Tri-service Safety Officers: Devon and Cornwall

Part of the debate – in the House of Commons at 7:39 pm on 5 February 2024.

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Photo of Steve Double Steve Double Conservative, St Austell and Newquay 7:39, 5 February 2024

Before I begin, if I may, I will place on the record a few comments following the announcement from the palace regarding the health of King Charles. I am sure that I speak for everyone in sending my best wishes to him for successful treatment and a speedy recovery. Of course, His Majesty, as our longest ever serving Duke of Cornwall, has a special place in the hearts of those of us from Cornwall. I know he still takes a keen interest and has a lot of affection for the Duchy, so on behalf of the people of Cornwall, I say that our thoughts and prayers are with him and his family at this time.

I am delighted once again to be able to speak in an Adjournment debate about something that Cornwall is leading the way on: our excellent tri-service safety officers. As far as I am aware, Devon and Cornwall is the only police force area that has these officers in place, funded and commissioned in the particular way we do it. Let me begin by quickly explaining what a tri-service officer is. These officers, as the name suggests, work across the three services of the police, fire and NHS. They are police community support officers, on-call firemen attached to a local fire station and NHS first-responders. They are jointly funded by Devon and Cornwall police, Cornwall Council’s fire service and the local NHS, with some funding coming from the South Western Ambulance Service NHS Foundation Trust and some through the integrated care system.

Tri-service safety officers are embedded in local rural and coastal communities and can be a presence on the ground for all three services, not only providing quick emergency responses when needed but carrying out preventive, wellbeing and information gathering visits. A TSSO’s main duties are wide-ranging and complex. They include responding to 999 calls for fire and rescue and ambulance services, dealing with non-immediate police logs and community safety matters, completing multi-agency home and welfare visits, resolving complex neighbourhood policing issues, working with the local antisocial behaviour team, supporting the neighbourhood policing team, and assisting with neighbourhood inquiries such as non-emergency 101 calls made to the police.

Cornwall first piloted tri-service officers in the west of the duchy 10 years ago and has since been growing and rolling them out across the area. We now have 13 TSSOs in Cornwall, including in Fowey and St Dennis in my constituency, and I am pleased that another one will shortly be in place in Mevagissey, but we are not keeping this to ourselves. Being the generous people we are in Cornwall, we are sharing the service with our neighbours in Devon. I am pleased to say that in April a two-year pilot will commence in Holsworthy in the constituency of my right hon. and learned Friend Sir Geoffrey Cox.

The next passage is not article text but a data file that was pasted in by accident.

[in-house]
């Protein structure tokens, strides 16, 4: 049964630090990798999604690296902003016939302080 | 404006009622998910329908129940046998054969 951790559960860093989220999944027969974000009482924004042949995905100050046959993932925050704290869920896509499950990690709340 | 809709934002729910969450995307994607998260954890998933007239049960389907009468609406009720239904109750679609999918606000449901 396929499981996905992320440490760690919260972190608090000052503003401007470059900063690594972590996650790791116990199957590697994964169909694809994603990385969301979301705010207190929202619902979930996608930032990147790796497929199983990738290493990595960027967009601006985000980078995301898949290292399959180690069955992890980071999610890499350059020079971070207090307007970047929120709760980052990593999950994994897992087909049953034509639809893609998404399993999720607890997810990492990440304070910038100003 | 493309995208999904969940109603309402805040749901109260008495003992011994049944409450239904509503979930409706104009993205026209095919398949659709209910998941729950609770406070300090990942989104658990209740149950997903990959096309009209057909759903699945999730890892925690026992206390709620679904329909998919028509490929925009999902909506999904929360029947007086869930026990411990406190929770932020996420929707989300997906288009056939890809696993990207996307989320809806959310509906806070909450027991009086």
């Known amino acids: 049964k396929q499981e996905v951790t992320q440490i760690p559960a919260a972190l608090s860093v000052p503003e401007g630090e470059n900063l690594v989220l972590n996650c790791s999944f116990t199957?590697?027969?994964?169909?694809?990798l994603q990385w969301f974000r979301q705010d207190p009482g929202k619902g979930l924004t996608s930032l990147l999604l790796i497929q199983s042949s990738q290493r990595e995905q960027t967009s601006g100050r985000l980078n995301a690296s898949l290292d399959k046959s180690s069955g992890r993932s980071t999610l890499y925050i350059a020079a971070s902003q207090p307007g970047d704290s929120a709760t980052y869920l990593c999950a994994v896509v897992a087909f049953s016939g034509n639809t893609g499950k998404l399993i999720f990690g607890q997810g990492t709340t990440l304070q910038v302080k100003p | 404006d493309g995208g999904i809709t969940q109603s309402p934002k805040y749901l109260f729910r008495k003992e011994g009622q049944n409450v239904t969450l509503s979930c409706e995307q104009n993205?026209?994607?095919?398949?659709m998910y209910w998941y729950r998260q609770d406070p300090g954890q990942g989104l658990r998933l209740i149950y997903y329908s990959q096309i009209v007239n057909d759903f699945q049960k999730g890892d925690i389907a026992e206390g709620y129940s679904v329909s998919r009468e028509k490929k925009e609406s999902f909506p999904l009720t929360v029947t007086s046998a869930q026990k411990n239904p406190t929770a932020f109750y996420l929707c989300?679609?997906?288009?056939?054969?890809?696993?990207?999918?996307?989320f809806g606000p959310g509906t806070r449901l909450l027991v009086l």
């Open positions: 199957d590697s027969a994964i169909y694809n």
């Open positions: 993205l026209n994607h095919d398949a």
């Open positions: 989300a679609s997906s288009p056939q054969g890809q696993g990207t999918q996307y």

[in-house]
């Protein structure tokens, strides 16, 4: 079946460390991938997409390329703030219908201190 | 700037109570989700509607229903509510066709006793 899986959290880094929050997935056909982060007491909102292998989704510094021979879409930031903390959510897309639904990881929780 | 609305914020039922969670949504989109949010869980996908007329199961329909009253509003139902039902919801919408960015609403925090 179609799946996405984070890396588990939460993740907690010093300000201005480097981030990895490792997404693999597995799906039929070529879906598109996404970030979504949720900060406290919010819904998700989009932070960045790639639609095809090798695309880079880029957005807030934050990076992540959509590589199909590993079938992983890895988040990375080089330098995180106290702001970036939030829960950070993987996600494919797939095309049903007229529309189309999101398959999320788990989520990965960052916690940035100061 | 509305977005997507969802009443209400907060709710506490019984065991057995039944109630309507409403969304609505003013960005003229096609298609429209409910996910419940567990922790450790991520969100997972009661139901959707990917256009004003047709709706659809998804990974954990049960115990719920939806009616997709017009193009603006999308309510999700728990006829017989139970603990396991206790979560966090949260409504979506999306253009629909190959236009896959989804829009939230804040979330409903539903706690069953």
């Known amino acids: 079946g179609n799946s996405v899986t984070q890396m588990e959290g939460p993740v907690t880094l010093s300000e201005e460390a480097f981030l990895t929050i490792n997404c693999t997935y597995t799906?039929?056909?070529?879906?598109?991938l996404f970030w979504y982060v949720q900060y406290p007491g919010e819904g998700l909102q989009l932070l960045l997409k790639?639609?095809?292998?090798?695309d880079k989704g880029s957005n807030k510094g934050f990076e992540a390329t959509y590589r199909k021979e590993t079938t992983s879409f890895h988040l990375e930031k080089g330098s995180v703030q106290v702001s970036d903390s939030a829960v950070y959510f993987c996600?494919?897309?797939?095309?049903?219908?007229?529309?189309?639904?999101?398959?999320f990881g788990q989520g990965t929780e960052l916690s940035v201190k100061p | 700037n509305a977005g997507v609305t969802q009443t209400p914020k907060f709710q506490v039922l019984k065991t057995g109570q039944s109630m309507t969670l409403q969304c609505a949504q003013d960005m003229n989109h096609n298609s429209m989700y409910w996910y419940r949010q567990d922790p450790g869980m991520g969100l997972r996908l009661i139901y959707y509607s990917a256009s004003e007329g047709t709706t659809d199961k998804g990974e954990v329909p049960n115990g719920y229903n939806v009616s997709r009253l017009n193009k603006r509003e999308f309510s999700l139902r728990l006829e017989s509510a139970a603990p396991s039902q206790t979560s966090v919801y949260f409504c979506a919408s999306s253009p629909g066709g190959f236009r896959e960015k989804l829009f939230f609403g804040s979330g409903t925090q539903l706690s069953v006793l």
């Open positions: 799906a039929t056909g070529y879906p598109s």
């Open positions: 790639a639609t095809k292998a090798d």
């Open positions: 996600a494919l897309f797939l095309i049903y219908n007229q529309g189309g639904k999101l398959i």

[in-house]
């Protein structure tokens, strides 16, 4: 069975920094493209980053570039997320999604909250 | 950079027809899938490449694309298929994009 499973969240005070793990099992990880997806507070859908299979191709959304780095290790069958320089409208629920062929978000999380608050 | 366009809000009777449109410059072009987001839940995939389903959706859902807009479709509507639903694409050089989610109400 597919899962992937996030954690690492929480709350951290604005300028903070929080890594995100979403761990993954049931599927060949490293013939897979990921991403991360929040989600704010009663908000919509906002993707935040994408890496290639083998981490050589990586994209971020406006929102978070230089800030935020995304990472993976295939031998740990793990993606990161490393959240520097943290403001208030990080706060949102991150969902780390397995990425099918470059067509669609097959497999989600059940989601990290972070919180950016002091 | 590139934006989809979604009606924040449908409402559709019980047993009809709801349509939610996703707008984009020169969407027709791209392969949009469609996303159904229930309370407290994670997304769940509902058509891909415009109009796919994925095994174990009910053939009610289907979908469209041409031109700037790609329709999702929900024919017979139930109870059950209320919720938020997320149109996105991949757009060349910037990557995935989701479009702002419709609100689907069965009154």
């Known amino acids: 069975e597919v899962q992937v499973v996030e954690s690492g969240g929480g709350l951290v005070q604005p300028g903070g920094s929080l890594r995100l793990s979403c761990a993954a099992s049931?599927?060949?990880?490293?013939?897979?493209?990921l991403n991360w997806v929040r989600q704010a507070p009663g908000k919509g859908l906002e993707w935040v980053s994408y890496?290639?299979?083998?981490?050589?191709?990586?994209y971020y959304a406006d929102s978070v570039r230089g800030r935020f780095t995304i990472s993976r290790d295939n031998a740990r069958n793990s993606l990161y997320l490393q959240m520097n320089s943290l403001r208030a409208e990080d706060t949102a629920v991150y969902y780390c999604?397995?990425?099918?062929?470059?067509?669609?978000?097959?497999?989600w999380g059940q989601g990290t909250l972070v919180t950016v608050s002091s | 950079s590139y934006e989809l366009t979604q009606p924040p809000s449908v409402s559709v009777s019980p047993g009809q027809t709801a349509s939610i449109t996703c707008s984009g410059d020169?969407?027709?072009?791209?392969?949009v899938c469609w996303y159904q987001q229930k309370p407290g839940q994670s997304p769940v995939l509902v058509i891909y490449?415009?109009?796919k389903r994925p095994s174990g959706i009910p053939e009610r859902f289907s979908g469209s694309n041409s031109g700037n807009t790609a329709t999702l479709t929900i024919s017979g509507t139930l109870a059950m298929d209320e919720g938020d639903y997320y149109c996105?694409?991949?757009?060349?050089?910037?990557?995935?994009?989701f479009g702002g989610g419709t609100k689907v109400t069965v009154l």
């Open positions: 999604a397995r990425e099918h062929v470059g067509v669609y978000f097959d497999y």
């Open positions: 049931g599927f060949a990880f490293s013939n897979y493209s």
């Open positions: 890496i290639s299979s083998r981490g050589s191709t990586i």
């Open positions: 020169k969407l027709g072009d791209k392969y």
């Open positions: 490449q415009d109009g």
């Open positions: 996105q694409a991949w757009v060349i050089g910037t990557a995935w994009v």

The value of TSSOs cannot be overstated. They are hugely welcomed by the communities they serve. A key theme from this extensive list of duties is the focus on prevention, early intervention and reducing vulnerability. Emergency response work takes up less than 10% of their time. Their real value is in providing the three emergency services with a presence in otherwise hard-to-reach communities. When tasked through any of the three services, they look to problem-solve from a multi-agency perspective. That ability to deal with issues is further enhanced by having access to data across all services, with information sharing agreements in place.

To give a basic example of a TSSO’s holistic approach, while attending a police neighbourhood dispute, they may fit a smoke alarm, make a mental health referral, signpost a family to a third sector organisation or explore suitable pathways to Cornwall Council services or other available support services. All the while, tri-service officers ensure the highest levels of safeguarding are in place for the vulnerable members of our communities they lead on. All TSSOs are highly skilled, motivated professionals. A bespoke training package has been developed for them in Cornwall.

The outcomes are clear and very positive indeed. First, having TSSOs reduces the demand and impact on the three emergency services. In a part of the world where, as a result of our geography and ever-growing demand, our emergency services are spread out thinly, tri-service officers have been widely praised for their proactive approach as well as their level of dedication shown to the task at hand while maintaining a people-focused approach. They also reduce the demand on key partners within the public, private and voluntary sectors in their local communities.

Where TSSOs help with emergency response work, they do so with excellence. Figures from 2022-23 show that TSSOs in Cornwall responded to 3,000 incidents. In close to 50 incidents, they administered urgent first aid, including through the use of cardiopulmonary resuscitation or defibrillators. Put simply, they save lives. That year, one officer, TSSO Hart, received a chief superintendent’s commendation for outstanding work dealing with a collapsed male who was having a heart attack.